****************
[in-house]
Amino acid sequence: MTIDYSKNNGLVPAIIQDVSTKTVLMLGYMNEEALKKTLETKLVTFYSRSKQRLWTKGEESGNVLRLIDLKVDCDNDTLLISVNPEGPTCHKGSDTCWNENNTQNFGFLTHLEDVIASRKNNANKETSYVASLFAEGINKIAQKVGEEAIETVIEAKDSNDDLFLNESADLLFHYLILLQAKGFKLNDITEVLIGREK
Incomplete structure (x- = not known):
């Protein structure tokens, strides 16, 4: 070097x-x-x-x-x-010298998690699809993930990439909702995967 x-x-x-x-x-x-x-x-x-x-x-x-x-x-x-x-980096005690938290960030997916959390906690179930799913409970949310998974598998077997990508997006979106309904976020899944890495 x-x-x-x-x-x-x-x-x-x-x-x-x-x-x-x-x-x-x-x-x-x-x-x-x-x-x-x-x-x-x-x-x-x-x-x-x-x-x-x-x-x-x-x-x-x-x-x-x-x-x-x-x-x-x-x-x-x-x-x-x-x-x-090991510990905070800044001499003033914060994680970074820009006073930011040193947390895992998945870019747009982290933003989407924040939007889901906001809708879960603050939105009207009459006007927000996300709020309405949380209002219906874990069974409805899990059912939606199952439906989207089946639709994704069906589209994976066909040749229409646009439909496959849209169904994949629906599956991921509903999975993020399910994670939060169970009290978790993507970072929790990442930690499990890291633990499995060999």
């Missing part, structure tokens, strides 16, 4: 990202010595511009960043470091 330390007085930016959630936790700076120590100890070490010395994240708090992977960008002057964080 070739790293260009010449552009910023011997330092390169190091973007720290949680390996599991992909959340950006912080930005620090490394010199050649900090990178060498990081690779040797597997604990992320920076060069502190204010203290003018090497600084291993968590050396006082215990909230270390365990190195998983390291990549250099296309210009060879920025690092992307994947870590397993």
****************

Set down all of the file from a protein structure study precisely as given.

[in-house]
Amino acid sequence: MTIDYSKNNGLVPAIIQDVSTKTVLMLGYMNEEALKKTLETKLVTFYSRSKQRLWTKGEESGNVLRLIDLKVDCDNDTLLISVNPEGPTCHKGSDTCWNENNTQNFGFLTHLEDVIASRKNNANKETSYVASLFAEGINKIAQKVGEEAIETVIEAKDSNDDLFLNESADLLFHYLILLQAKGFKLNDITEVLIGREK
Incomplete structure (x- = not known):
């Protein structure tokens, strides 16, 4: 070097x-x-x-x-x-010298998690699809993930990439909702995967 x-x-x-x-x-x-x-x-x-x-x-x-x-x-x-x-980096005690938290960030997916959390906690179930799913409970949310998974598998077997990508997006979106309904976020899944890495 x-x-x-x-x-x-x-x-x-x-x-x-x-x-x-x-x-x-x-x-x-x-x-x-x-x-x-x-x-x-x-x-x-x-x-x-x-x-x-x-x-x-x-x-x-x-x-x-x-x-x-x-x-x-x-x-x-x-x-x-x-x-x-090991510990905070800044001499003033914060994680970074820009006073930011040193947390895992998945870019747009982290933003989407924040939007889901906001809708879960603050939105009207009459006007927000996300709020309405949380209002219906874990069974409805899990059912939606199952439906989207089946639709994704069906589209994976066909040749229409646009439909496959849209169904994949629906599956991921509903999975993020399910994670939060169970009290978790993507970072929790990442930690499990890291633990499995060999």
């Missing part, structure tokens, strides 16, 4: 990202010595511009960043470091 330390007085930016959630936790700076120590100890070490010395994240708090992977960008002057964080 070739790293260009010449552009910023011997330092390169190091973007720290949680390996599991992909959340950006912080930005620090490394010199050649900090990178060498990081690779040797597997604990992320920076060069502190204010203290003018090497600084291993968590050396006082215990909230270390365990190195998983390291990549250099296309210009060879920025690092992307994947870590397993």